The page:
An agricultural leader says his sector has "some trepidation" that taking steps to protect the environment may have an unnecessary impact on the farming community.
Federated Farmers dairy sector chair Andrew Hoggard is keeping a close eye on the Zero Carbon Bill, with public consultations opening on Thursday.
The proposed legislation would put climate change targets into law, in line with the goal of the country becoming carbon-neutral by 2050.
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"The key thing most farmers want to see with the Zero Carbon Bill is that it recognises the difference between methane and carbon dioxide," Mr Hoggard told The AM Show.
"Methane is 75 percent of the gases that come from agriculture but it is a short-lived gas, unlike carbon dioxide - so it basically recycles."
Mr Hoggard says the two are often confused, but if methane emissions remain "static", have no greater impact. He says dropping methane levels by "4 or 5 percent" would bring them back to 1990 levels.
He added it "wouldn't make any sense" if the Government considers cutting back on farming as a solution.
"New Zealand feeds about 40 million people in the world, so if we reduce our agricultural production by 20 percent to supposedly reduce emissions by 20 percent, there is effectively 8 million people that will be looking for food elsewhere and it probably won't be done as well as what it is in New Zealand."
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But Forest and Bird climate advocate Adelia Hallett told The AM Show no sector necessarily needs to be concerned by any potential changes, as long as we keep ahead of the game.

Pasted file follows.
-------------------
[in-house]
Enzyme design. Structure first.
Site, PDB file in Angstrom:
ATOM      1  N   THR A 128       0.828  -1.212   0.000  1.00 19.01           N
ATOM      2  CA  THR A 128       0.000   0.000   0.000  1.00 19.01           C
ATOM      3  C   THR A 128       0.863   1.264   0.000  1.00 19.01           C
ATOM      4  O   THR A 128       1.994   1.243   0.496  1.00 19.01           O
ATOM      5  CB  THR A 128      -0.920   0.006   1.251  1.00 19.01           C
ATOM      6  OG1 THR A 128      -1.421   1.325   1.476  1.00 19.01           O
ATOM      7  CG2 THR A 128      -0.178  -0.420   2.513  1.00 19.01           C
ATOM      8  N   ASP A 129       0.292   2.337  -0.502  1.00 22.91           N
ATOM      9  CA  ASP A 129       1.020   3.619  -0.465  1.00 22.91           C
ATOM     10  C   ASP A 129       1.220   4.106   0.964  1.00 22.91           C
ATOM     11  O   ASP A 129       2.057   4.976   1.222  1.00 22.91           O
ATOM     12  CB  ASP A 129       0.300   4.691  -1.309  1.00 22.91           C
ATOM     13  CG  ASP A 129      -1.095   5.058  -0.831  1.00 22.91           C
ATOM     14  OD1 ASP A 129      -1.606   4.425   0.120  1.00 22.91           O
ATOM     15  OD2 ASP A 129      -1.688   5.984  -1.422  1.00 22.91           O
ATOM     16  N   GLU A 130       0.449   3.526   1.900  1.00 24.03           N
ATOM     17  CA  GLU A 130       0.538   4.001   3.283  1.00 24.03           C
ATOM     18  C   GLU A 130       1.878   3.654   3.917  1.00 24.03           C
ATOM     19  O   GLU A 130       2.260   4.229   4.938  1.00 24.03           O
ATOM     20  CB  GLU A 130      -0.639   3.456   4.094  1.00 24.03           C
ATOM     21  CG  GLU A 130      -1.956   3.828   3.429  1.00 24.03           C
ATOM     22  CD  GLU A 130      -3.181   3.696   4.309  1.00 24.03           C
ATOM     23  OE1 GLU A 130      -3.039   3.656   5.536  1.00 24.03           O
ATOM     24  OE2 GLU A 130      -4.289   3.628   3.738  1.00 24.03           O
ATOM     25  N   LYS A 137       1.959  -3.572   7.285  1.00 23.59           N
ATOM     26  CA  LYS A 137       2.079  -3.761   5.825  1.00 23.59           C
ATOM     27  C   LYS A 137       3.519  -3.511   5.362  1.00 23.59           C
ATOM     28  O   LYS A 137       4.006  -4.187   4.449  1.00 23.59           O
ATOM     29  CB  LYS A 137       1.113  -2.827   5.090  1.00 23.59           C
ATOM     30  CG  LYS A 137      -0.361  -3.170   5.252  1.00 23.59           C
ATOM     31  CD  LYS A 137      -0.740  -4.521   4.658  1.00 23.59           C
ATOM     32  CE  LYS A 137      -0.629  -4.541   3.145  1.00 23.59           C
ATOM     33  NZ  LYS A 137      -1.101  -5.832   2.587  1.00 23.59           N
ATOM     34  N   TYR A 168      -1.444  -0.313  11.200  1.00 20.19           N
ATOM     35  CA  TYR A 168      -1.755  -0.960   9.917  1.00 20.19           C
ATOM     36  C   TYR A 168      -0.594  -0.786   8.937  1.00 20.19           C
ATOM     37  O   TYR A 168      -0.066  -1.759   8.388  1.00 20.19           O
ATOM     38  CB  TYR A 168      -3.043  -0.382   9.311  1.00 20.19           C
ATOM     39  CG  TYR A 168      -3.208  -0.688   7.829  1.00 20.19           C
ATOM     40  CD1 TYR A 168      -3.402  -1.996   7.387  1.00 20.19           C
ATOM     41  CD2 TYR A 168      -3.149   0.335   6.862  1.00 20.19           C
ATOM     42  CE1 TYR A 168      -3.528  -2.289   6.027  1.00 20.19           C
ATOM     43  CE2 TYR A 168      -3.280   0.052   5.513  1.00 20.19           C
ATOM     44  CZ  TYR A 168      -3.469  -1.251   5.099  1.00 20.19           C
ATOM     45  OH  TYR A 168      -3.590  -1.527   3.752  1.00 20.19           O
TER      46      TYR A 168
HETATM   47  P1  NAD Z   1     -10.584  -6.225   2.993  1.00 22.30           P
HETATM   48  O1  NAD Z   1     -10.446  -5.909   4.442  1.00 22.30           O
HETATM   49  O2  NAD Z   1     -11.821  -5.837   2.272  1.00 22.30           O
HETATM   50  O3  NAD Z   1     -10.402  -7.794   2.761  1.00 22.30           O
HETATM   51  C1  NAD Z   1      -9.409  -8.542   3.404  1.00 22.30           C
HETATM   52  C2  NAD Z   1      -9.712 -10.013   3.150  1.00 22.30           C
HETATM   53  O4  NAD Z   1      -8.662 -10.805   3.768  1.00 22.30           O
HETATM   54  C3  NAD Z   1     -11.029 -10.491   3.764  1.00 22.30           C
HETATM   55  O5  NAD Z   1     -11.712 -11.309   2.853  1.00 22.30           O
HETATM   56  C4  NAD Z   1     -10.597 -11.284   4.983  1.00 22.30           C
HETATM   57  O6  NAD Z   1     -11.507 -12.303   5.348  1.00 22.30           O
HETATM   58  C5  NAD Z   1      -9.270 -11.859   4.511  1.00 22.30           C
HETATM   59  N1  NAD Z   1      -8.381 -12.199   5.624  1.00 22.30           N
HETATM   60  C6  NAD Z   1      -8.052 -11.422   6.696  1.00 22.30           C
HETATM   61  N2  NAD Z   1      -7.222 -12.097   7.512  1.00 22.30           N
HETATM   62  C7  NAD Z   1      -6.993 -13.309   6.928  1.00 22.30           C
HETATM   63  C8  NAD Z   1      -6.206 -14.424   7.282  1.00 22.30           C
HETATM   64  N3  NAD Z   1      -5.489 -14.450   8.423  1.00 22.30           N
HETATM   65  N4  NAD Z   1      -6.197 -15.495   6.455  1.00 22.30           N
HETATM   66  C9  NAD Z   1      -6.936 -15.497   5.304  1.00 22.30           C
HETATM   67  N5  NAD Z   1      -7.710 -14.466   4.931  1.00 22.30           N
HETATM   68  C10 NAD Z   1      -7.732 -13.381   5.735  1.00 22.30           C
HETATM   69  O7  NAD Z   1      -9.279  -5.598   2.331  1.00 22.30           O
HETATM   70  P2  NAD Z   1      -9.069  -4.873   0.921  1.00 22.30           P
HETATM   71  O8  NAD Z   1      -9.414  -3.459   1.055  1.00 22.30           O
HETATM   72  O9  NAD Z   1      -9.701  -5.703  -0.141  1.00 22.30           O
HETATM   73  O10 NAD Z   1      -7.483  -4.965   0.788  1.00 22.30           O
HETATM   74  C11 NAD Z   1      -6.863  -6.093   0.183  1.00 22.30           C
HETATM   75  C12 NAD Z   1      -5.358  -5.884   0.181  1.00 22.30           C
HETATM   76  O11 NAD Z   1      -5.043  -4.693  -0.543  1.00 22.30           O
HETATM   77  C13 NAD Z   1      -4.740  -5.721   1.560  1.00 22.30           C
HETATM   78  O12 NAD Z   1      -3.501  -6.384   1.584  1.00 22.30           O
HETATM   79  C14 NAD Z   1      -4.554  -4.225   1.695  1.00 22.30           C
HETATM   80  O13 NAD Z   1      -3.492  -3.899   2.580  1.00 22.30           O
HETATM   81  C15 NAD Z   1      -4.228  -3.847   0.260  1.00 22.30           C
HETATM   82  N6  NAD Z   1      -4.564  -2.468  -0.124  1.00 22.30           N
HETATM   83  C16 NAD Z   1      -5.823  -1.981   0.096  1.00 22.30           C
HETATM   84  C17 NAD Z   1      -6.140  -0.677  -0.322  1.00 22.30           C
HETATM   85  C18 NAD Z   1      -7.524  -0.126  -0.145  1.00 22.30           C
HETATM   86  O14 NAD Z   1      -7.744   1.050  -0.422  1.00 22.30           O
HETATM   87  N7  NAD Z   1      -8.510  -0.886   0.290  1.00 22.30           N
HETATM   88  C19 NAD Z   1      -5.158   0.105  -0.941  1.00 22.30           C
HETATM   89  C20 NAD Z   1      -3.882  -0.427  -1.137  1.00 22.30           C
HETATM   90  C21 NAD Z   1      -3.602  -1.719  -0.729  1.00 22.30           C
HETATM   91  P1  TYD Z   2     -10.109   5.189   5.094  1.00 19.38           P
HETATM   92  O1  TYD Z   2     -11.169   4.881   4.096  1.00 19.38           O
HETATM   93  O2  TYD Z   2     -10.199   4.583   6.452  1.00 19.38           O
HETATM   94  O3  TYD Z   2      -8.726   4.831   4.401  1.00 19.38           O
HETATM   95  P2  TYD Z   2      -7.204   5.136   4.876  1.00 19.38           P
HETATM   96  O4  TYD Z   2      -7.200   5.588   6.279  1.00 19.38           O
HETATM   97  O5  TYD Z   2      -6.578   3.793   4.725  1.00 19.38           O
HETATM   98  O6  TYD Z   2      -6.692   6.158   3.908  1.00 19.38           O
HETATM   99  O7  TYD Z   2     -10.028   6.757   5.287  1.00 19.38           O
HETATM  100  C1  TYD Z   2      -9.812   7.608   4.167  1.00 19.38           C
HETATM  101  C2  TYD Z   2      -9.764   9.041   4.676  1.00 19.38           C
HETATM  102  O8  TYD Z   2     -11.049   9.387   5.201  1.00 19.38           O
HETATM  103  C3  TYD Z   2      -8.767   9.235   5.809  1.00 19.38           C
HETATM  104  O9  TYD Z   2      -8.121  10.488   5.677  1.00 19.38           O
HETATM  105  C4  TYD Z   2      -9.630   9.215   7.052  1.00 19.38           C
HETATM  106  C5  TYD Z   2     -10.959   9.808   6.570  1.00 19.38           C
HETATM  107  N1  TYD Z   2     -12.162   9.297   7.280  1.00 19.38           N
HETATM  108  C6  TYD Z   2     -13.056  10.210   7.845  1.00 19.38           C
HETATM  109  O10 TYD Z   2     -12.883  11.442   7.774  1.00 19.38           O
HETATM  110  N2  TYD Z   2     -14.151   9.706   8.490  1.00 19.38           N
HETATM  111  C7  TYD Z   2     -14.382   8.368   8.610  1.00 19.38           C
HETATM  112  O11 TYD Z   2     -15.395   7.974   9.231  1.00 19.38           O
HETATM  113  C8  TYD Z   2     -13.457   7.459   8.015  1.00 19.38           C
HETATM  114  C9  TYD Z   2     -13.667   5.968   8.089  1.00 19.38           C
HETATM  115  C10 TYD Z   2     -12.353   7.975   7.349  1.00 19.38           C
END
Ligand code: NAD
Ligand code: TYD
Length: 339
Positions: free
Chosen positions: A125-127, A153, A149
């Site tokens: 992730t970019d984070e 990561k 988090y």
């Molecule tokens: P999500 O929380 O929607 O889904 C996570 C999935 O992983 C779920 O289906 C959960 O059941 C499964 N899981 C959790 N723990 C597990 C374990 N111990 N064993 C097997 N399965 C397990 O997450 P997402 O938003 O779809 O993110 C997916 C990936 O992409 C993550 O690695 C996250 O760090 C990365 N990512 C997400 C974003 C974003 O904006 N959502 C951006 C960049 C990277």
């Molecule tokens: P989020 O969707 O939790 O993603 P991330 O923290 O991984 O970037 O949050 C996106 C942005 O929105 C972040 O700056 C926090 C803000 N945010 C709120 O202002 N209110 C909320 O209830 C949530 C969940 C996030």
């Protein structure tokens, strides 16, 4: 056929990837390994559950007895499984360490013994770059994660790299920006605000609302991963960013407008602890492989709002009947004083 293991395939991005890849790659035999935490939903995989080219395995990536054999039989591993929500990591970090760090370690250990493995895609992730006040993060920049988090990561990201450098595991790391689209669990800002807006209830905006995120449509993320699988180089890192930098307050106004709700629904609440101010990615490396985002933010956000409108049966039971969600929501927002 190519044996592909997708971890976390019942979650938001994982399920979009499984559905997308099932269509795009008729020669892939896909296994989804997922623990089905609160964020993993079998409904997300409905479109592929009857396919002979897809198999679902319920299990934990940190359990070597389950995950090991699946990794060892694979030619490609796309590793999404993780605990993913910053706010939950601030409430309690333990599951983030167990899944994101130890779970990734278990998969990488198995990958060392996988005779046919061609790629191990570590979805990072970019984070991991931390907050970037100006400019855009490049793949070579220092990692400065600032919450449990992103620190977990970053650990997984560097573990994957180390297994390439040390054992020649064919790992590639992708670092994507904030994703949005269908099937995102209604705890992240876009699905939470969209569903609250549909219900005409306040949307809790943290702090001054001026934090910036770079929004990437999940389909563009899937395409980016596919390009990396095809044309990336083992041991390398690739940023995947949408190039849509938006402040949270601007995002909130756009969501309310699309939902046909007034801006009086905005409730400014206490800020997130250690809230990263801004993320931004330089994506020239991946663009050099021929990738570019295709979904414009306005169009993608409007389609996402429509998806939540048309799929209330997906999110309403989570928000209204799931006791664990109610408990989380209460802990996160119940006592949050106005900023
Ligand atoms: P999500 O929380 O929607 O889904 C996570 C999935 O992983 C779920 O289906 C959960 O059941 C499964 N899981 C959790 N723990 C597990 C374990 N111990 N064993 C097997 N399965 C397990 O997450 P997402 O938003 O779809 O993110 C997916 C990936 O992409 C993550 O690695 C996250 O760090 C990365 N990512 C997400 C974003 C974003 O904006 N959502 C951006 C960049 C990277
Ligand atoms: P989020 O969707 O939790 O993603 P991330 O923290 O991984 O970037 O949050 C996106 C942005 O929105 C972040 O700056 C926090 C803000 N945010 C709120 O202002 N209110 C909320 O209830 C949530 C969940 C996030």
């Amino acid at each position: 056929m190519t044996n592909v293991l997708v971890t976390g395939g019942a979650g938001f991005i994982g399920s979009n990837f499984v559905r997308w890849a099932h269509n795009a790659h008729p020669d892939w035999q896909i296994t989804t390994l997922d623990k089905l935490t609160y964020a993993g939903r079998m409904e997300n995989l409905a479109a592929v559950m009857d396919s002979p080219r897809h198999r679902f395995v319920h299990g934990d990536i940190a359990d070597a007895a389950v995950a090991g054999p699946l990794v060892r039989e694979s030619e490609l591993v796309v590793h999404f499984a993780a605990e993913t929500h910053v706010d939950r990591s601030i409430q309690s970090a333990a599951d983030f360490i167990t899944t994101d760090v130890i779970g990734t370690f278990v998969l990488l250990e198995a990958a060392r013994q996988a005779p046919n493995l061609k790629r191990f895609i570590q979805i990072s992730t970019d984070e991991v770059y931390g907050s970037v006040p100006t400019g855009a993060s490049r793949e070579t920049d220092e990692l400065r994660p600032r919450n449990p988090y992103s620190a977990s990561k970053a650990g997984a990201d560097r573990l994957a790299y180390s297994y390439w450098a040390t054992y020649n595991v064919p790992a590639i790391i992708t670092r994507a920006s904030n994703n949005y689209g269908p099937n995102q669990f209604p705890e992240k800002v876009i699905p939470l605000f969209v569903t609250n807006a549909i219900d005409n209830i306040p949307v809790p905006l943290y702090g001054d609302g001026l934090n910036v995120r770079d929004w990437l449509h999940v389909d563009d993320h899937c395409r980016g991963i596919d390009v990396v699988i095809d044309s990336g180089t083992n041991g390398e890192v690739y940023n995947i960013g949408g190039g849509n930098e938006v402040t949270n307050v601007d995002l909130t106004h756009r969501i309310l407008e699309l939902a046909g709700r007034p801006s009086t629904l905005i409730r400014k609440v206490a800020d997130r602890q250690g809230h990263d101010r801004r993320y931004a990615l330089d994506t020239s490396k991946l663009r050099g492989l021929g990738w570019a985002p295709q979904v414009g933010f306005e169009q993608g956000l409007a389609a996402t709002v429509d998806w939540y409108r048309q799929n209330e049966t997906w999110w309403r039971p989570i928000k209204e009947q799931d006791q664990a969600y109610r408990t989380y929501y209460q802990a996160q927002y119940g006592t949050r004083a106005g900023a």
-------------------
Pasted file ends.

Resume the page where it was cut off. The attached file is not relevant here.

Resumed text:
"We need to change our headspaces," Ms Hallett says.
"We need to actually understand that if we don't do something now, life as we know it is going to change."
Ms Hallett says it's "brilliant" that New Zealand is taking the steps towards being carbon-neutral by 2050 - but our affinity with cars needs to be addressed.
"We've got one of the highest rates of per capita emissions in the world. It's time we really did something about that."
Mr Hoggard says he trusts Climate Change Minister James Shaw to do the right thing.
"[Mr Shaw is] very genuine in wanting to solve a problem and not putting a boot into anyone's sector."
But he says it's "hard to say what's going to come out" of the six-week consultation because the Government's made up of a coalition who all have "very different views" on the matter.